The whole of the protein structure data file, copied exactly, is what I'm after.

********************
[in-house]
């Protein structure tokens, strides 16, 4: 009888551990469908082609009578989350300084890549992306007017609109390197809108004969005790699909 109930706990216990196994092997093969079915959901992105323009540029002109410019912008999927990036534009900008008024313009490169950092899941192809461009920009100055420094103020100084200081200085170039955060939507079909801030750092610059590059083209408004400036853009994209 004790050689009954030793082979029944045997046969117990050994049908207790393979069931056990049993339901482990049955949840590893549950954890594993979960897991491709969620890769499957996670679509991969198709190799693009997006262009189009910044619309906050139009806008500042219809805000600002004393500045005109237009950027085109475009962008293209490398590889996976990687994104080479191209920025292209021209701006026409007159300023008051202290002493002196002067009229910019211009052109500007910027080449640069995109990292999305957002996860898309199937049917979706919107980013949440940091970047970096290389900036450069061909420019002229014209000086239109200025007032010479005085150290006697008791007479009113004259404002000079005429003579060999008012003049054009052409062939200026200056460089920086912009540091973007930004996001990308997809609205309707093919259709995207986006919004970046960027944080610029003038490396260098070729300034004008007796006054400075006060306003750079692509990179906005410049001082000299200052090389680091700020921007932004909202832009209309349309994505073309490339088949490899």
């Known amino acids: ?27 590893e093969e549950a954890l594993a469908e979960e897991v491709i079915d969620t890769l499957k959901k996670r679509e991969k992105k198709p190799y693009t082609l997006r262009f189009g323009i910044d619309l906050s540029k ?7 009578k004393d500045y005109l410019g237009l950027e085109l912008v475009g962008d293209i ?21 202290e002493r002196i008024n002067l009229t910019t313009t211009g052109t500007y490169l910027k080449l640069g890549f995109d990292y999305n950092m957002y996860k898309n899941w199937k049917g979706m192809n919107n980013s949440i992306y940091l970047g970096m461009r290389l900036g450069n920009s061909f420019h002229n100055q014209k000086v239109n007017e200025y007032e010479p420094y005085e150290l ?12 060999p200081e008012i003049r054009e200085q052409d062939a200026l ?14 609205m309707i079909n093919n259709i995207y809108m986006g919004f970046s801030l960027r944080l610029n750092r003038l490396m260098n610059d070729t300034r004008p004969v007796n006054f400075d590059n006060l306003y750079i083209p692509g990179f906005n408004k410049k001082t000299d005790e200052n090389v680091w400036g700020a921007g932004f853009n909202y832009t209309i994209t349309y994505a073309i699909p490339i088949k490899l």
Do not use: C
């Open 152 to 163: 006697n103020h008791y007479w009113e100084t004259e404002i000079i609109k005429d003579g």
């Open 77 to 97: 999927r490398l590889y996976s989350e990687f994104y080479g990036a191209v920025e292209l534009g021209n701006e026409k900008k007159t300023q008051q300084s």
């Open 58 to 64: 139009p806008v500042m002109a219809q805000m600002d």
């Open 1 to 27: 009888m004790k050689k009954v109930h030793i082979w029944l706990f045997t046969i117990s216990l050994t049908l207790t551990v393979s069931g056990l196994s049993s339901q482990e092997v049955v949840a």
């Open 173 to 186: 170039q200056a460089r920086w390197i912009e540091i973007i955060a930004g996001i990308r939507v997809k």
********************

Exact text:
[in-house]
């Protein structure tokens, strides 16, 4: 009888551990469908082609009578989350300084890549992306007017609109390197809108004969005790699909 109930706990216990196994092997093969079915959901992105323009540029002109410019912008999927990036534009900008008024313009490169950092899941192809461009920009100055420094103020100084200081200085170039955060939507079909801030750092610059590059083209408004400036853009994209 004790050689009954030793082979029944045997046969117990050994049908207790393979069931056990049993339901482990049955949840590893549950954890594993979960897991491709969620890769499957996670679509991969198709190799693009997006262009189009910044619309906050139009806008500042219809805000600002004393500045005109237009950027085109475009962008293209490398590889996976990687994104080479191209920025292209021209701006026409007159300023008051202290002493002196002067009229910019211009052109500007910027080449640069995109990292999305957002996860898309199937049917979706919107980013949440940091970047970096290389900036450069061909420019002229014209000086239109200025007032010479005085150290006697008791007479009113004259404002000079005429003579060999008012003049054009052409062939200026200056460089920086912009540091973007930004996001990308997809609205309707093919259709995207986006919004970046960027944080610029003038490396260098070729300034004008007796006054400075006060306003750079692509990179906005410049001082000299200052090389680091700020921007932004909202832009209309349309994505073309490339088949490899």
């Known amino acids: ?27 590893e093969e549950a954890l594993a469908e979960e897991v491709i079915d969620t890769l499957k959901k996670r679509e991969k992105k198709p190799y693009t082609l997006r262009f189009g323009i910044d619309l906050s540029k ?7 009578k004393d500045y005109l410019g237009l950027e085109l912008v475009g962008d293209i ?21 202290e002493r002196i008024n002067l009229t910019t313009t211009g052109t500007y490169l910027k080449l640069g890549f995109d990292y999305n950092m957002y996860k898309n899941w199937k049917g979706m192809n919107n980013s949440i992306y940091l970047g970096m461009r290389l900036g450069n920009s061909f420019h002229n100055q014209k000086v239109n007017e200025y007032e010479p420094y005085e150290l ?12 060999p200081e008012i003049r054009e200085q052409d062939a200026l ?14 609205m309707i079909n093919n259709i995207y809108m986006g919004f970046s801030l960027r944080l610029n750092r003038l490396m260098n610059d070729t300034r004008p004969v007796n006054f400075d590059n006060l306003y750079i083209p692509g990179f906005n408004k410049k001082t000299d005790e200052n090389v680091w400036g700020a921007g932004f853009n909202y832009t209309i994209t349309y994505a073309i699909p490339i088949k490899l």
Do not use: C
């Open 152 to 163: 006697n103020h008791y007479w009113e100084t004259e404002i000079i609109k005429d003579g």
């Open 77 to 97: 999927r490398l590889y996976s989350e990687f994104y080479g990036a191209v920025e292209l534009g021209n701006e026409k900008k007159t300023q008051q300084s």
């Open 58 to 64: 139009p806008v500042m002109a219809q805000m600002d």
């Open 1 to 27: 009888m004790k050689k009954v109930h030793i082979w029944l706990f045997t046969i117990s216990l050994t049908l207790t551990v393979s069931g056990l196994s049993s339901q482990e092997v049955v949840a």
């Open 173 to 186: 170039q200056a460089r920086w390197i912009e540091i973007i955060a930004g996001i990308r939507v997809k």